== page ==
CIA Trying to Negotiate Truce With Iraqi Ba’athists

Reported Meetings Held With Saddam-Era Officials in Exile

Recent reports have the CIA conducting secret meetings with former Iraqi Vice President Izzat Ibrahim al-Douri, the current leader of Iraq’s banned Ba’athist Party, in locations such as Syria and Yemen.

The CIA is said to be trying to negotiate a truce in an effort to improve Iraq’s Sunni minority’s disposition ahead of the March elections. It is unclear how well talks are progressing.

But even if a truce did have some beneficial effect on the attitude of the Sunnis, it is likely to be overwhelmed by the Shi’ite government’s banning of 14 Sunni political parties last week, ostensibly because they had unspecified “affiliations” with former Ba’athists.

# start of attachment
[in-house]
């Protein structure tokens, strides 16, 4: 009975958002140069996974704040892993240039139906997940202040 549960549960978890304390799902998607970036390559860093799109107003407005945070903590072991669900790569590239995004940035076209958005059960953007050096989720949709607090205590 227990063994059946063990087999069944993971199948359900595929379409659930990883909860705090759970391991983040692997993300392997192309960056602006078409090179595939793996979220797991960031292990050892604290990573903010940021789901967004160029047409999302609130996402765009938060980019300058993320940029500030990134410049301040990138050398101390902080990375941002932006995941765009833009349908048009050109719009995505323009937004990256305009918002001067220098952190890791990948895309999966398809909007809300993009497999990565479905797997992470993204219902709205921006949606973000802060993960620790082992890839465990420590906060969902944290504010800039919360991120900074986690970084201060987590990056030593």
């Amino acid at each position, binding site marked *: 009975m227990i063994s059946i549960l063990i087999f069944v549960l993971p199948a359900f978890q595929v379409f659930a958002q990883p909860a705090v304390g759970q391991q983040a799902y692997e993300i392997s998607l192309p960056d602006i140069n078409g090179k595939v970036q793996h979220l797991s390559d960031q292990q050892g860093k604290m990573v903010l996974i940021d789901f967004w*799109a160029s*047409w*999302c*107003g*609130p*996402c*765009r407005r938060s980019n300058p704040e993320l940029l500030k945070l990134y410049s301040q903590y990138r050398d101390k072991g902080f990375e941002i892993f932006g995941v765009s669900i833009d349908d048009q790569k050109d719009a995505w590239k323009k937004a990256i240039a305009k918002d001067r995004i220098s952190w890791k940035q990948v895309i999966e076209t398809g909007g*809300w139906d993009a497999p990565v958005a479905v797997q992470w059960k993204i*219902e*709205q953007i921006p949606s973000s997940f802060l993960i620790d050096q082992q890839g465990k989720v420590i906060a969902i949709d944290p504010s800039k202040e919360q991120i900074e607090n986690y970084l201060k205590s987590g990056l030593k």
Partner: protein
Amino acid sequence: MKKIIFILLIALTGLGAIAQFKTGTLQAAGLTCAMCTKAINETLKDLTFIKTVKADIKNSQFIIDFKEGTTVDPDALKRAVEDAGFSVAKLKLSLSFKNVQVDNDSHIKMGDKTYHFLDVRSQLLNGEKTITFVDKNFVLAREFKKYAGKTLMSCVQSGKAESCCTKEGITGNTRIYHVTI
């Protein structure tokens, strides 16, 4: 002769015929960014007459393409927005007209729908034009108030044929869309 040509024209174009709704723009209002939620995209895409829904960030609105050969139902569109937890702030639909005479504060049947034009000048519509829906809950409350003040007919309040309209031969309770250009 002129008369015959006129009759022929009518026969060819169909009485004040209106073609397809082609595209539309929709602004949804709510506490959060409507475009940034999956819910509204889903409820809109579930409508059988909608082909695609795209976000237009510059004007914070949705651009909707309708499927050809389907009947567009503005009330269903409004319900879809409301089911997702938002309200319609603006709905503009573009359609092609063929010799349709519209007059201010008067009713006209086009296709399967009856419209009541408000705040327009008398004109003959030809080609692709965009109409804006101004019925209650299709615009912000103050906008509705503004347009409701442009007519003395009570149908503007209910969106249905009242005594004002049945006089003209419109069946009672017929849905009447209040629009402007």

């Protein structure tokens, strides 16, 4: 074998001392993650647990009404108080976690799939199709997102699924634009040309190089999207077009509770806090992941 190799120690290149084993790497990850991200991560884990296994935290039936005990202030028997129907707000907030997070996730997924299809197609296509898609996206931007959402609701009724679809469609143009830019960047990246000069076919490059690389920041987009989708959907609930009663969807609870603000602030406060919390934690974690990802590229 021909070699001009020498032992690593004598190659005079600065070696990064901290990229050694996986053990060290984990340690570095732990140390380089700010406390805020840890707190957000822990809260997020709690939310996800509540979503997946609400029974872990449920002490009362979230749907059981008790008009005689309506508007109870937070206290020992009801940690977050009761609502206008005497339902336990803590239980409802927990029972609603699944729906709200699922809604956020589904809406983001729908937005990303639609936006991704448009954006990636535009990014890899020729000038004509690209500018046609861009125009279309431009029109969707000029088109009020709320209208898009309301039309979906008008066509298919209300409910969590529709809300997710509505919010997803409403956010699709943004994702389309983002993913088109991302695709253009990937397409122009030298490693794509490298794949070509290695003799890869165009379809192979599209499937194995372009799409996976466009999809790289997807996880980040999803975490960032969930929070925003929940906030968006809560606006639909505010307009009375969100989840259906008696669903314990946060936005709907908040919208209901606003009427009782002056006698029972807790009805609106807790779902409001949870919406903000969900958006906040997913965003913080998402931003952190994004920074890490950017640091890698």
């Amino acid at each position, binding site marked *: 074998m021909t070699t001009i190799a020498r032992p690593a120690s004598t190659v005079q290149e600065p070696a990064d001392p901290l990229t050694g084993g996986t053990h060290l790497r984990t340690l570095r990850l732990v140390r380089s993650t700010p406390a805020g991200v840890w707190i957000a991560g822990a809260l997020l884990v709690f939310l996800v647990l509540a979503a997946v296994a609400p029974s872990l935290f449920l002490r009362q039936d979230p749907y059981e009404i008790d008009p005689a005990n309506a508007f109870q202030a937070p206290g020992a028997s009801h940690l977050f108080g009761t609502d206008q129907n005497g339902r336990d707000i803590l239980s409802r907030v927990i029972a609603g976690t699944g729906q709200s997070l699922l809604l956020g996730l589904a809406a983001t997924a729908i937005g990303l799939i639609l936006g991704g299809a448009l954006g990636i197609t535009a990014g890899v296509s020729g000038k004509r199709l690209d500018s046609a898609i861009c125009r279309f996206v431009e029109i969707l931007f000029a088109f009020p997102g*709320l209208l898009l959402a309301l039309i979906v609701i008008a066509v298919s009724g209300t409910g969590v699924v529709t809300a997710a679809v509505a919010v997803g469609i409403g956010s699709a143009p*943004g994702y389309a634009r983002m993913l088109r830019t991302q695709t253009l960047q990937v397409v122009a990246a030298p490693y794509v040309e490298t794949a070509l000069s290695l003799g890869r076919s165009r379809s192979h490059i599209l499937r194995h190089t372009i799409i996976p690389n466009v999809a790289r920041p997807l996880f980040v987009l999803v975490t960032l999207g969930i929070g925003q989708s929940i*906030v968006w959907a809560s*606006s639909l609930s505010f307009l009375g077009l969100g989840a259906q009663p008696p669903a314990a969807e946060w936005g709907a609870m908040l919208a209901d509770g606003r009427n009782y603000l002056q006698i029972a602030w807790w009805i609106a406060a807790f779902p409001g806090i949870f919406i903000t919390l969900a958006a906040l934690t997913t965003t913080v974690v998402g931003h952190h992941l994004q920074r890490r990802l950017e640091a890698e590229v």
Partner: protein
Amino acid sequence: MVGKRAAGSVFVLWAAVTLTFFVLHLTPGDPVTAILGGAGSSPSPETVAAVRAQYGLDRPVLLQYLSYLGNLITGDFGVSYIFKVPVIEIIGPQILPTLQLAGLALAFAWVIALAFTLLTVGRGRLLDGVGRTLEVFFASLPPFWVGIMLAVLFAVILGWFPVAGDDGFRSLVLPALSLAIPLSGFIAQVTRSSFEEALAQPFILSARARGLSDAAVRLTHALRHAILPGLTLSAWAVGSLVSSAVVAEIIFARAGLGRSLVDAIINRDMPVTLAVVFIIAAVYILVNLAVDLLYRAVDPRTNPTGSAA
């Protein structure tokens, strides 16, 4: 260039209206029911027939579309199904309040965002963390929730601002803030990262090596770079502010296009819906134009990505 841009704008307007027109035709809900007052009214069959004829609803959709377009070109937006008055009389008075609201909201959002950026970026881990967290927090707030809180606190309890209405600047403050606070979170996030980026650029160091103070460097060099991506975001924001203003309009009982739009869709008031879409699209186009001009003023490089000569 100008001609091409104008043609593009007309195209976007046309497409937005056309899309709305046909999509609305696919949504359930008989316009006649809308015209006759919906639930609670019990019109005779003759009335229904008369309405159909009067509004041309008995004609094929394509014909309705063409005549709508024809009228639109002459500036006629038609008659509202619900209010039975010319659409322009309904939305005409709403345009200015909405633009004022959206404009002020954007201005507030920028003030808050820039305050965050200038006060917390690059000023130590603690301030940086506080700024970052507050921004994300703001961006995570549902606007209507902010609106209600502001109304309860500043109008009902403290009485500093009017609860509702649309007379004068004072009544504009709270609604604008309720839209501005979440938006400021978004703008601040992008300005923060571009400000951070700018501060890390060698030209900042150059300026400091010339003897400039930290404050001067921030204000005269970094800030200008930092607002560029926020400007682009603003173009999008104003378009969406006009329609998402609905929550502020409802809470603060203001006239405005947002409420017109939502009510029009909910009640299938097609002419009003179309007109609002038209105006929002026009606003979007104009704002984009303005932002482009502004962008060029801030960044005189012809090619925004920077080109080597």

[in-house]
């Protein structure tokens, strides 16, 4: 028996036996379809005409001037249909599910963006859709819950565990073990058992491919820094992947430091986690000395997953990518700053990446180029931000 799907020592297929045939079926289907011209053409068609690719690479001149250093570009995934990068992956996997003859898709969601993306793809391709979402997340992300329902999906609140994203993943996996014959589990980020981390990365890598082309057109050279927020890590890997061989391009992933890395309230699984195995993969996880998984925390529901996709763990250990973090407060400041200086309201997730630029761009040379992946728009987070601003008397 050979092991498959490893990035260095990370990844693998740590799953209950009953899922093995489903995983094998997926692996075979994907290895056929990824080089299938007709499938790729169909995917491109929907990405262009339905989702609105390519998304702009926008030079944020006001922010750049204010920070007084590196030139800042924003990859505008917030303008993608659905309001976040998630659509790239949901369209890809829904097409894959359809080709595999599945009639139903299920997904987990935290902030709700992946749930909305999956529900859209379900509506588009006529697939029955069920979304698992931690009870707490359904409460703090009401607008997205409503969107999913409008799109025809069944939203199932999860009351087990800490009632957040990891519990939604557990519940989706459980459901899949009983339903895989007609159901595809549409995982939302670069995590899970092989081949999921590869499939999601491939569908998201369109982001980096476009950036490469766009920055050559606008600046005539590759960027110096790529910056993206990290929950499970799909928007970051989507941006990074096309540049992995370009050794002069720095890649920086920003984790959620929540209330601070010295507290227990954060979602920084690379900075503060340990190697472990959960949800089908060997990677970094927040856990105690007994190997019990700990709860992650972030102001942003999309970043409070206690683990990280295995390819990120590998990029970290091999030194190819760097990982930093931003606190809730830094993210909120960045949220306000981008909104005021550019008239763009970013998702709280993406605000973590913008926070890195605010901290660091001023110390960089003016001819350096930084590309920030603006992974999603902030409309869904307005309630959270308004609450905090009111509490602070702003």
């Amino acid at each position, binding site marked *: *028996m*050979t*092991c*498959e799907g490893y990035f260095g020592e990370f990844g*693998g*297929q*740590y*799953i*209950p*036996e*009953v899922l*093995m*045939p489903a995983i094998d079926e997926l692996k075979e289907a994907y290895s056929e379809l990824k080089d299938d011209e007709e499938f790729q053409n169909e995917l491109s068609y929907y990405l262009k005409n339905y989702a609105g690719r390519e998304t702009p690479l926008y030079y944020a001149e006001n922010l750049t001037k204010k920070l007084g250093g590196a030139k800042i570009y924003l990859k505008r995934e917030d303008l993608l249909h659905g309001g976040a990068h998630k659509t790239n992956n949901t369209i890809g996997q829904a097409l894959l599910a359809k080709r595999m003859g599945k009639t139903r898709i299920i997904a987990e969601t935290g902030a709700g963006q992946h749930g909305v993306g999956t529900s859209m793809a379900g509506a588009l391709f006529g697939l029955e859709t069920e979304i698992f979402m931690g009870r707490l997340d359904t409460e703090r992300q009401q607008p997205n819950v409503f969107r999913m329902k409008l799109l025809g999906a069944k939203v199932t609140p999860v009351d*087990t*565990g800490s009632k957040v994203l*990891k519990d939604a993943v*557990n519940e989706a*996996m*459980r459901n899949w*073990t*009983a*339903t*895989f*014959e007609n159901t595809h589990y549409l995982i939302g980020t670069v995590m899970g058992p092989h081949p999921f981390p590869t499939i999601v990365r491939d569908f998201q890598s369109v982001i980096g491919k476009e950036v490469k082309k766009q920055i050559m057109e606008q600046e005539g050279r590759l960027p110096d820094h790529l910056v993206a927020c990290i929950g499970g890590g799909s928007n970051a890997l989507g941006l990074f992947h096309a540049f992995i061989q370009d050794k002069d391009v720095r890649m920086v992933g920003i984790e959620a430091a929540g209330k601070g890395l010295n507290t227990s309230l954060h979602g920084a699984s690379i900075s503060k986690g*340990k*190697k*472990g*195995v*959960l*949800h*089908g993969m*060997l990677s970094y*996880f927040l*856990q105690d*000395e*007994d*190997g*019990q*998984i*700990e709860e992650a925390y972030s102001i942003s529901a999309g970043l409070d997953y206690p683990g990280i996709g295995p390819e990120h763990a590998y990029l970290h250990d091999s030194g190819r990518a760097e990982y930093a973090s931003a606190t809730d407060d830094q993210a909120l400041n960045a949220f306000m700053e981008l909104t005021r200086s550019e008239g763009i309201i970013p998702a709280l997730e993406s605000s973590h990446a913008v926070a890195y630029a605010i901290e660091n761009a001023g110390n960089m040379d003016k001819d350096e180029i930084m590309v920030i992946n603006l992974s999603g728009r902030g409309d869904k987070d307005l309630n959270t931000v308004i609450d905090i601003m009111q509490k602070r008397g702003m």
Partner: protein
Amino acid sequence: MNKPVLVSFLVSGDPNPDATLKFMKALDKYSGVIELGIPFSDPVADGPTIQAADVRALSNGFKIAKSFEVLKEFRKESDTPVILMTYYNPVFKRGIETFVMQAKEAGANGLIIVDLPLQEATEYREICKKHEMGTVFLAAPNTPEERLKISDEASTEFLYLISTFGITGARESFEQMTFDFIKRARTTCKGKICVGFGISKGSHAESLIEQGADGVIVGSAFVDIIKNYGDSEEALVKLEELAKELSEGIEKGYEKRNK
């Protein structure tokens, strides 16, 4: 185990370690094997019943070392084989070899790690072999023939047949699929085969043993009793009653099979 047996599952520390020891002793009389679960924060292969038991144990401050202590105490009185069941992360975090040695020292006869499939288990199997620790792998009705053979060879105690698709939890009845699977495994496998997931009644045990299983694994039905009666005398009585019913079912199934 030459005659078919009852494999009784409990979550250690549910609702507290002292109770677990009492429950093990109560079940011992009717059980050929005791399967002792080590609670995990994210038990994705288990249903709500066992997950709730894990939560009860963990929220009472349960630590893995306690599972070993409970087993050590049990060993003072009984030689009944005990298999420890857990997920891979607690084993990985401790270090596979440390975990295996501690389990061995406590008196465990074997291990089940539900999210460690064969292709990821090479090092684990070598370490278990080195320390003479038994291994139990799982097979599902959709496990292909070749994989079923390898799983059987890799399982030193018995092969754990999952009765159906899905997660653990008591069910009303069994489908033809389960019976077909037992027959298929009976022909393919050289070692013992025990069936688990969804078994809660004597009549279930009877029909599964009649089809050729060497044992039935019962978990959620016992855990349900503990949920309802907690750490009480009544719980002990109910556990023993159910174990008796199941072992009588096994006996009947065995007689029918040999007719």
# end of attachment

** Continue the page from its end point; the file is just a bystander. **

After decades of declaring the Ba’athists among the most evil groups in the world, the US is showing a surprising turn-around this year, as this is the second time in less than a week officials are said to be in talks with a Ba’athist faction. Last week it was reported that the Yemeni government, at America’s behest, founded a new spy agency specifically to fill with former Ba’athists who fled Iraq during the 2003 US invasion.

Author: Jason Ditz

Jason Ditz is Senior Editor for He has 20 years of experience in foreign policy research and his work has appeared in The American Conservative, Responsible Statecraft, Forbes, Toronto Star, Minneapolis Star-Tribune, Providence Journal, Washington Times, and the Detroit Free Press.